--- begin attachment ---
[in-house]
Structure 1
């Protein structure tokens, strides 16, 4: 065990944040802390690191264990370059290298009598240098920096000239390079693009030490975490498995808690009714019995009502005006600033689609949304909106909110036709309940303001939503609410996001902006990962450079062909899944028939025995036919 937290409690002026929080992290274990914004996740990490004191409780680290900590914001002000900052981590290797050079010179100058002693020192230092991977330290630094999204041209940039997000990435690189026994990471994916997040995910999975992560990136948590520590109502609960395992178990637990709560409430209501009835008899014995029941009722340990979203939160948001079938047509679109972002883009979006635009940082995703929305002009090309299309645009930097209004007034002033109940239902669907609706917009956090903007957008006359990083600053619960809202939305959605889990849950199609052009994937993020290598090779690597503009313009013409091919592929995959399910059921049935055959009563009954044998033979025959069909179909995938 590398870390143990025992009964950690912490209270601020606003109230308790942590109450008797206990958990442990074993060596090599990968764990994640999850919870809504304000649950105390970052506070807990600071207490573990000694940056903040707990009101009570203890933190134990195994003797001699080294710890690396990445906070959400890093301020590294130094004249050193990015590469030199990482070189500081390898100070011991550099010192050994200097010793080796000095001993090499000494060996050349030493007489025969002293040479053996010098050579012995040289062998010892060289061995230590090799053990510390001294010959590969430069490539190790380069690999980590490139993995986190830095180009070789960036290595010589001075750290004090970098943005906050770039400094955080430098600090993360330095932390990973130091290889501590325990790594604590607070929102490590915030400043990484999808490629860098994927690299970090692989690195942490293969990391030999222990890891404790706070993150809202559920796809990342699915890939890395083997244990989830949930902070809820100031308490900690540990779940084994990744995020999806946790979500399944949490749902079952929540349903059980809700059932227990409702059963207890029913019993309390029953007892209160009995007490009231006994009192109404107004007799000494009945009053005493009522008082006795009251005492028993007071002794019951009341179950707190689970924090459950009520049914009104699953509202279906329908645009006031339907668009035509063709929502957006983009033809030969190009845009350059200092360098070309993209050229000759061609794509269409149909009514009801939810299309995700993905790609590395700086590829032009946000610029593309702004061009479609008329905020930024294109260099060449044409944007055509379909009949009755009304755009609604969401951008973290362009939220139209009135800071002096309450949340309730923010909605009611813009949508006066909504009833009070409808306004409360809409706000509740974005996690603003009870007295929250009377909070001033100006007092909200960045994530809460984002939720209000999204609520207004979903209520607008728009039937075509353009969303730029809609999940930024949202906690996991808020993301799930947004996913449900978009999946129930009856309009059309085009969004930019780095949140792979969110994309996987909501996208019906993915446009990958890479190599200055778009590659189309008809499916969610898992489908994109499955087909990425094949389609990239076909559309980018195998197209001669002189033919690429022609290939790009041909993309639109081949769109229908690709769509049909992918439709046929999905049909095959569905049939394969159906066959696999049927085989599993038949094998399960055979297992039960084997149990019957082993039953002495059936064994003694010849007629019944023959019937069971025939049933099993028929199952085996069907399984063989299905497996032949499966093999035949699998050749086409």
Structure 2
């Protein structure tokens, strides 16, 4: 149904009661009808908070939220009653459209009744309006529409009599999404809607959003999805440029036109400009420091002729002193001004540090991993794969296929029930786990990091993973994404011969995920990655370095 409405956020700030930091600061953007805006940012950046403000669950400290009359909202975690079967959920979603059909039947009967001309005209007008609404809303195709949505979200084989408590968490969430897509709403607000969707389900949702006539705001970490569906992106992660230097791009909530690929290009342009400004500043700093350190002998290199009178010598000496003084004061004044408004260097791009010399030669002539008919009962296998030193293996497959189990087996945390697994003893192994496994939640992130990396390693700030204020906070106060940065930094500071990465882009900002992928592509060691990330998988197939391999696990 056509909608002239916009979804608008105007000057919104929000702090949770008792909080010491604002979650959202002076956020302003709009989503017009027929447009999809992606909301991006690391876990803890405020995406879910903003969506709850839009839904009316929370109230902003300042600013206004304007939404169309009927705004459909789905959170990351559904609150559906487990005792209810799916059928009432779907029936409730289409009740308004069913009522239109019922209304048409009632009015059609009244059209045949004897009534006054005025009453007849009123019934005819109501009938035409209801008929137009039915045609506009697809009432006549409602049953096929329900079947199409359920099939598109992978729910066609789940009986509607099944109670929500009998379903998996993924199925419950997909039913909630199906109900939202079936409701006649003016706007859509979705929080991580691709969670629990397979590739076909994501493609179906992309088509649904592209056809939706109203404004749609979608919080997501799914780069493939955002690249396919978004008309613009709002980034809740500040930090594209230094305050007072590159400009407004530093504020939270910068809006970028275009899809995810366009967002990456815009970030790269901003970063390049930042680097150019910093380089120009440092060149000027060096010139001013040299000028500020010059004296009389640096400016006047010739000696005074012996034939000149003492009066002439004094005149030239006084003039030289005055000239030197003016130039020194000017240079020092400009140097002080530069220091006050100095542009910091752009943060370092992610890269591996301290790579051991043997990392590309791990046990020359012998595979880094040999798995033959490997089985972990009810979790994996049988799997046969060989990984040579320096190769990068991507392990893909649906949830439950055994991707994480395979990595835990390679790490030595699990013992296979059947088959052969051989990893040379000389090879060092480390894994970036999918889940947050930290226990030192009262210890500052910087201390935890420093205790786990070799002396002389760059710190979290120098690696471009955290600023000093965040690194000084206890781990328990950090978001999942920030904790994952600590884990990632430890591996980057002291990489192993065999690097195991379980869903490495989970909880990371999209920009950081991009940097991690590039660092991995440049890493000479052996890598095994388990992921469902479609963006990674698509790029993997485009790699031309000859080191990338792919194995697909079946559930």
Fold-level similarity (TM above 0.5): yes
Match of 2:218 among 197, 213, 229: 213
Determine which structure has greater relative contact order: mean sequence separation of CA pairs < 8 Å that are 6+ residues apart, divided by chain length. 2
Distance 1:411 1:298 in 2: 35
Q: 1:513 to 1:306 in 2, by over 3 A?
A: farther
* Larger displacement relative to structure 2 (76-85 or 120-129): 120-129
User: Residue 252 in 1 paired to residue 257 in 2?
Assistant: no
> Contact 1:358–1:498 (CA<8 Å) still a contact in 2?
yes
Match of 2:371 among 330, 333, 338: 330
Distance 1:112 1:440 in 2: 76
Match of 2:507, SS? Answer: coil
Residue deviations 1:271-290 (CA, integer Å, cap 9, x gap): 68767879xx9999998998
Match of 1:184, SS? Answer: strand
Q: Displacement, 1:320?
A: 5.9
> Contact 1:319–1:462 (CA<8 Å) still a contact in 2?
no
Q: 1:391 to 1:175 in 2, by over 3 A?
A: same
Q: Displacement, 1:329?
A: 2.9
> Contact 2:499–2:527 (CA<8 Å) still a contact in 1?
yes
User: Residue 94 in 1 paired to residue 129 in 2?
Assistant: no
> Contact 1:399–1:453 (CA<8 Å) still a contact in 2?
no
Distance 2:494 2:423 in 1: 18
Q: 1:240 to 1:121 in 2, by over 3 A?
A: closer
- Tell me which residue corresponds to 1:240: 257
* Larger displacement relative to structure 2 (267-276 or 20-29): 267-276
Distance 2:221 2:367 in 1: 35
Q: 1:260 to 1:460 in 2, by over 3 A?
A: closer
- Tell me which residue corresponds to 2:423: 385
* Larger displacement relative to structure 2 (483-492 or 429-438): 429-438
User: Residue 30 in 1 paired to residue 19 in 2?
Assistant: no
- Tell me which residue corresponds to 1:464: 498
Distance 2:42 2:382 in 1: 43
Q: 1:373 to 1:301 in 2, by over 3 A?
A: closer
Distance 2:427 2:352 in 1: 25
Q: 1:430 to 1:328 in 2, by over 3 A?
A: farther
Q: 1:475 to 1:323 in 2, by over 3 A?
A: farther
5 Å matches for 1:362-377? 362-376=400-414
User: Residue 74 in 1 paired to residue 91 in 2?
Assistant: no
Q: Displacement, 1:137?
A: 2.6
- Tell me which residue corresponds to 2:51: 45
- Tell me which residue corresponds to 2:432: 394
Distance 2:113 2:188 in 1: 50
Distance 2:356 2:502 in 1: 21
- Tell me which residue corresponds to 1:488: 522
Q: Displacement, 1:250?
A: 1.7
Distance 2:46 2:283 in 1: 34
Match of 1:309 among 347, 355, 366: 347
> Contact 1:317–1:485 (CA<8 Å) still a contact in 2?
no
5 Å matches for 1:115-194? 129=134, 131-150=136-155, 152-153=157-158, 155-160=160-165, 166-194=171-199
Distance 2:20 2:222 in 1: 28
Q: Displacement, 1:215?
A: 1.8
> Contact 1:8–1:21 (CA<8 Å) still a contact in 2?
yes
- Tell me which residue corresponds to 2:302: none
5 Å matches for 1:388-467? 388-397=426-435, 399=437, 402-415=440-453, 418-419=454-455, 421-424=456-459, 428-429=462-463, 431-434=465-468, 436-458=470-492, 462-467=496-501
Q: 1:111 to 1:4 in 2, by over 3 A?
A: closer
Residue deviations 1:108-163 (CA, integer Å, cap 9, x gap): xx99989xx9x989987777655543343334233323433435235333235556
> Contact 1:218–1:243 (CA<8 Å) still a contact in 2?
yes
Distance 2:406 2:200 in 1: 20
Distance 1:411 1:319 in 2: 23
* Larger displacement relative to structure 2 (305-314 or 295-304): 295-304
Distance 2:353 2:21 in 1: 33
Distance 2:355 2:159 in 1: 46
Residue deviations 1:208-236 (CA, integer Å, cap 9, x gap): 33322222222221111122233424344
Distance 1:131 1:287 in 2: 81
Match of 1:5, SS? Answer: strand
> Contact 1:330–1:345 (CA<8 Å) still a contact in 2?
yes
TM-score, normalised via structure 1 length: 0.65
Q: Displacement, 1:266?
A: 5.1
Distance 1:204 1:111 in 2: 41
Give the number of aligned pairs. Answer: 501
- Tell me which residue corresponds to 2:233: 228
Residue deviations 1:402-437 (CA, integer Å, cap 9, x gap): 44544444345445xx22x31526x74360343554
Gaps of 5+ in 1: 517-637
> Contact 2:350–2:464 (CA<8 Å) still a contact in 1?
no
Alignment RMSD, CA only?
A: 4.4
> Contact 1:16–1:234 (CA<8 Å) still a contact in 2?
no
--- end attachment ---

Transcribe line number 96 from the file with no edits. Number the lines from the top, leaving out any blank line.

TM-score, normalised via structure 1 length: 0.65